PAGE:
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Probate-300x201The New York Probate process is utilized in order for a Last Will and Testament to be admitted to probate.  When this procedure is successfully completed, the Surrogate’s Court issues a Decree which essentially validates the provisions of a Will.  The Probate Decree also usually provides that letters testamentary should be issued to the proponent of the Will which is typically the person designated in the document to be the Executor.  Letters testamentary is the paper which sets out the authority of the Executor to handle estate affairs such as the collection of assets, payment of debts and claims, and filing of estate tax papers.  The executor has the fiduciary responsibility to settle the estate.  The New York Probate Lawyer Blog has published many articles regarding the requirements to probate a Will.

As discussed in previous blog articles, the primary document submitted in this process is the probate petition.  Forms of the petition can be found on the internet as part of the official New York Surrogate’s Court forms.  The petition requires that certain information be provided to the Court.  This data includes identification of the decedent, the petitioner, the date of and witnesses to the Will.  Additionally, the petition requires that the names and addresses of all of the decedent’s distributees (next of kin) be listed, as well as the information regarding the persons named in the Will.  This listing of all of the interested parties provides the Court with assurance that everyone who is involved with the Will has notice of the probate matter and that the Court can secure proper jurisdiction over all parties.

It is not uncommon that one or more of the interested parties is incapacitated or incompetent to represent their own interests.  A person may be a minor or suffering from a condition such as dementia.  There is a separate paragraph in the probate petition to provide the details regarding such person under a disability.  In these cases, the Court has the ability to appoint someone, known as a Guardian ad Litem, to represent the interests of the disabled person in the probate case.  The Court typically appoints an attorney to represent the parties’ interests.  The New York Civil Practice Law and Rules Section 1201 provides that infants can be represented by a Guardian ad Litem as well as an adult who does not have the capability of defending or prosecuting his rights.  Of course, if the person already has a Court-appointed Guardian, the Court may allow such appointee to represent their interests.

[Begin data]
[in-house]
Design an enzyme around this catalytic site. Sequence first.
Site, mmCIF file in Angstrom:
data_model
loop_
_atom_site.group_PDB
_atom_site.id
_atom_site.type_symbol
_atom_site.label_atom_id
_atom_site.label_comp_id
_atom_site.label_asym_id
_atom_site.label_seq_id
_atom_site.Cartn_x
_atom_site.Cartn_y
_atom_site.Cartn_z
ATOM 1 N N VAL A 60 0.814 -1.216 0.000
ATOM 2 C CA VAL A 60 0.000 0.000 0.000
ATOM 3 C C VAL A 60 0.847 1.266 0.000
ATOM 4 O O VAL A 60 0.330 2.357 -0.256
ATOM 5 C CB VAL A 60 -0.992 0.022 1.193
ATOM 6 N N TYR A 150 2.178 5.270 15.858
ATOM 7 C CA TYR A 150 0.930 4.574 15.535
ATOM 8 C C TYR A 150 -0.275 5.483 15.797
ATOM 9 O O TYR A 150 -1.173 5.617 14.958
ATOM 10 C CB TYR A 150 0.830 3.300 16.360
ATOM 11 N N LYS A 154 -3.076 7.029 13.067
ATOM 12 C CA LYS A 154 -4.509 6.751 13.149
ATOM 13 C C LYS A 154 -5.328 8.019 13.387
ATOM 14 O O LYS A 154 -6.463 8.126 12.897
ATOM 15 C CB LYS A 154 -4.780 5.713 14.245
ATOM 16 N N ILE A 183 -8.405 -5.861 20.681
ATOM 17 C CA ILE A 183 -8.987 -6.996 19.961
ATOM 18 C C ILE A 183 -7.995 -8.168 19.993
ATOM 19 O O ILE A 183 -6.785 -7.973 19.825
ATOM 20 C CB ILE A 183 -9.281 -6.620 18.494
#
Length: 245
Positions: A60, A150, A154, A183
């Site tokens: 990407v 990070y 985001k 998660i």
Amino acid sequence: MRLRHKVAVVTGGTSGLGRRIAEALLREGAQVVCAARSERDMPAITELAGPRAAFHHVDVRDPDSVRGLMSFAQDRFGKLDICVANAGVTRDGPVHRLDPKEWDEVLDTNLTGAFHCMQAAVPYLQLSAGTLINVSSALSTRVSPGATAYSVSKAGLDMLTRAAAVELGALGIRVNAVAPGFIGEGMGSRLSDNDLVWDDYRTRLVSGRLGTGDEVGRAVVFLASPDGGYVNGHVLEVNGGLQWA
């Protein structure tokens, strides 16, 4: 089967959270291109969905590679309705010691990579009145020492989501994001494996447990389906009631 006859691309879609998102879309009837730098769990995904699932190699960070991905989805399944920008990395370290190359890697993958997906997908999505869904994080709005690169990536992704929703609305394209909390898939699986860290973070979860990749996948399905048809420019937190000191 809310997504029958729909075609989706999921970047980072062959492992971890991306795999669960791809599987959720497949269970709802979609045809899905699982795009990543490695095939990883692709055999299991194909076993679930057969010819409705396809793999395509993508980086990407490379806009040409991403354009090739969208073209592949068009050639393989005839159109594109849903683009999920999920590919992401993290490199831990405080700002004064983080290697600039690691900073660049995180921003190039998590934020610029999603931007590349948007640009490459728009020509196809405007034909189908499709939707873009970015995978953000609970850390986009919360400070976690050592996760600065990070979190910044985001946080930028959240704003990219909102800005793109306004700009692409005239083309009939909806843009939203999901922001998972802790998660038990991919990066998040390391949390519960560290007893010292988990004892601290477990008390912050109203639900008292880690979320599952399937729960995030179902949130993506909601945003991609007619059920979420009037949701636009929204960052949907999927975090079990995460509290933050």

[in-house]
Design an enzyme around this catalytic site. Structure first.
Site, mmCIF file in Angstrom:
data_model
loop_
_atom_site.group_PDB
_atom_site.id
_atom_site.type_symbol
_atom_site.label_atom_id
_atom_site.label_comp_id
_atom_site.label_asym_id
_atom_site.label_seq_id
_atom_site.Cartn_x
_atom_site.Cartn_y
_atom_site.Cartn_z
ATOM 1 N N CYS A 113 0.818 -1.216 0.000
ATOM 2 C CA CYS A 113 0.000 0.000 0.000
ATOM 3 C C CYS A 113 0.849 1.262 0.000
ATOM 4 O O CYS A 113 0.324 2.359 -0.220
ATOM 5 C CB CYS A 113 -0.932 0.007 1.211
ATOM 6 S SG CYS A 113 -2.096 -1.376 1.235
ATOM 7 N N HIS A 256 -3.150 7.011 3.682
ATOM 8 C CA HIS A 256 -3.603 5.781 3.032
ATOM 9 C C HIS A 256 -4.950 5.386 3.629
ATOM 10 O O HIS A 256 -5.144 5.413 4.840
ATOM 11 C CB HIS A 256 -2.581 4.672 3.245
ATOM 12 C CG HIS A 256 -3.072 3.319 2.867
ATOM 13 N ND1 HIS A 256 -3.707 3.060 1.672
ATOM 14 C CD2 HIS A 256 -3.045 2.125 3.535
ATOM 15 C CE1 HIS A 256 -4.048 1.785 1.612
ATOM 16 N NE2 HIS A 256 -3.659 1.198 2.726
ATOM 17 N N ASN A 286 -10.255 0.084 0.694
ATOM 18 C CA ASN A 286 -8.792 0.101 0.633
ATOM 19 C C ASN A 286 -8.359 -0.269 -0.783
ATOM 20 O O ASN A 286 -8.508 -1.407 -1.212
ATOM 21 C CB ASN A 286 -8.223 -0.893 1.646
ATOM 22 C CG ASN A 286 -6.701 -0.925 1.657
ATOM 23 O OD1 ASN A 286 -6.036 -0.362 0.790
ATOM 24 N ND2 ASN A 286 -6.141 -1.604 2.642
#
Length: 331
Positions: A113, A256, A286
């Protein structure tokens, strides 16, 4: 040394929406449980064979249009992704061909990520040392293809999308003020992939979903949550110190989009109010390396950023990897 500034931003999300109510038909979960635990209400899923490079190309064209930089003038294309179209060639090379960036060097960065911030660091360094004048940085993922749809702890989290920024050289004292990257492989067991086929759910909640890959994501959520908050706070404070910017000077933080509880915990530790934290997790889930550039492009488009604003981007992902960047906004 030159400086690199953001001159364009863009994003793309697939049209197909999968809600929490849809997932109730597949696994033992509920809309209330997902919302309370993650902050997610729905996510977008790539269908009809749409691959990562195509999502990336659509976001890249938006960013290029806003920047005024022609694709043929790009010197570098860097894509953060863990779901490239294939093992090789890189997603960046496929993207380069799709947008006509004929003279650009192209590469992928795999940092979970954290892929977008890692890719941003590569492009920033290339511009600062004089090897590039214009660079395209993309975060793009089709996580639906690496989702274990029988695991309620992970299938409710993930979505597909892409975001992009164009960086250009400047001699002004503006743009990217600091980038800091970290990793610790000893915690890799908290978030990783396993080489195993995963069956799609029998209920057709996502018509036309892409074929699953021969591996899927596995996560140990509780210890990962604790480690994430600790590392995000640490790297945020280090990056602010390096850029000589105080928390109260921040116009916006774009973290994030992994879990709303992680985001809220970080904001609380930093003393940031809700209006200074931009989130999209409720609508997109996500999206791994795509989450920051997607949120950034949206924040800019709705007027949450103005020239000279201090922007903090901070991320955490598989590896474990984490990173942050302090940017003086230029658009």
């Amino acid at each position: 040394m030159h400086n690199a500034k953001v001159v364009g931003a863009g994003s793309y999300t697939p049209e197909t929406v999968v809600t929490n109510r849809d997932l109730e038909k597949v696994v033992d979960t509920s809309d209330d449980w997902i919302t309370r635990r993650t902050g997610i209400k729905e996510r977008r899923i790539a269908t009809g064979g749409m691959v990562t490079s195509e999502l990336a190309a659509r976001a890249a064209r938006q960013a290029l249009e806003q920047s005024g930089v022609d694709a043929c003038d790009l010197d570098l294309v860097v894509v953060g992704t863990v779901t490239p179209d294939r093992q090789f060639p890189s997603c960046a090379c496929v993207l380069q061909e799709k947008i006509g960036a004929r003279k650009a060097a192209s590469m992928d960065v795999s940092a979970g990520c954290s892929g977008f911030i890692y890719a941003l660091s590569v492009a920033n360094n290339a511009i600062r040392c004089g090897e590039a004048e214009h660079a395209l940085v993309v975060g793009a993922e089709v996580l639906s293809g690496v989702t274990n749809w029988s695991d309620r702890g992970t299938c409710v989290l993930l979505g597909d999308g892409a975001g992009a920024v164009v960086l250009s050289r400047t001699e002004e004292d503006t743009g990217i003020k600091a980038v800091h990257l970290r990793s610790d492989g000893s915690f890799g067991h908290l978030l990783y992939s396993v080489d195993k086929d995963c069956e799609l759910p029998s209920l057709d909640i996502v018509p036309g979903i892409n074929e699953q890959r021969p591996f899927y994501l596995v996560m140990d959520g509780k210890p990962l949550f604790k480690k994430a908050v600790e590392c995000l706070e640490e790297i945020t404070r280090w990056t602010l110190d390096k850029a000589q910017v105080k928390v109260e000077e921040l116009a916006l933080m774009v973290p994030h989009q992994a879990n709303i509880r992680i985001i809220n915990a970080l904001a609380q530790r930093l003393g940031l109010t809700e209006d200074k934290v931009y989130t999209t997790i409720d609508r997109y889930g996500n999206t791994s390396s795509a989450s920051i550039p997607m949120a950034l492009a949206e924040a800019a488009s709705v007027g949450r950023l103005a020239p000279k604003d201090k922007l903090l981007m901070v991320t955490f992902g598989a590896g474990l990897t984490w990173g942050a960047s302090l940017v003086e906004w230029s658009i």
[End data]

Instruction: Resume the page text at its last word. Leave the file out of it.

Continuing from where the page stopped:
shutterstock_571088005-300x200In order for a Last Will and Testament to be admitted to Probate, the Surrogate’s Court must be presented with all of the papers needed to satisfy the requirements of the Estates, Powers and Trusts Law and the Surrogate’s Court Procedure Act.  The document which initiates the probate process is the Petition for Probate.  This paper contains detailed information regarding the decedent, the Last Will, an estimate of the estate value, the names and addresses of the decedent’s distributees and the persons named in the Will.

The New York Probate Lawyer Blog has published many articles concerning the requirements for probating a Will.  EPTL Section 3-2.1 entitled “Execution and attestation of wills” sets forth the mandated requirements for the due execution of a Will.  Prior to the COVID pandemic, the execution of a Will prepared and supervised by an attorney was a relatively straightforward process.  In short, the attorney, the attesting witnesses and the testator would gather together and have the various signatures applied along with a notary for a witness affidavit.  However, due to COVID this social interaction was prevented and New York passed certain legislation which allowed for remote execution of Wills.  However, the remedial statute presented explicit guidelines which, if not complied with, may compromise the validity of the Will.

A recent Queens estate case decided by Queens Surrogate Peter Kelly on February 23, 2022 entitled Estate of Holmgren dealt with the probate of a COVID rule Will.  In Holmgren, the Court reviewed New York Executive Order (202.14) which allowed remote execution.  This Order, as found by the Court, did not replace the requirements of 3-2.1.  Instead, the Court noted that the Order allowed the “use of audiovisual technology to satisfy the ‘presence’ requirements contained in the statute.”  The Surrogate went on to review in detail the various rules in the Order which needed to be followed to allow a COVID-type Will execution to form a basis for admitting a Will to probate.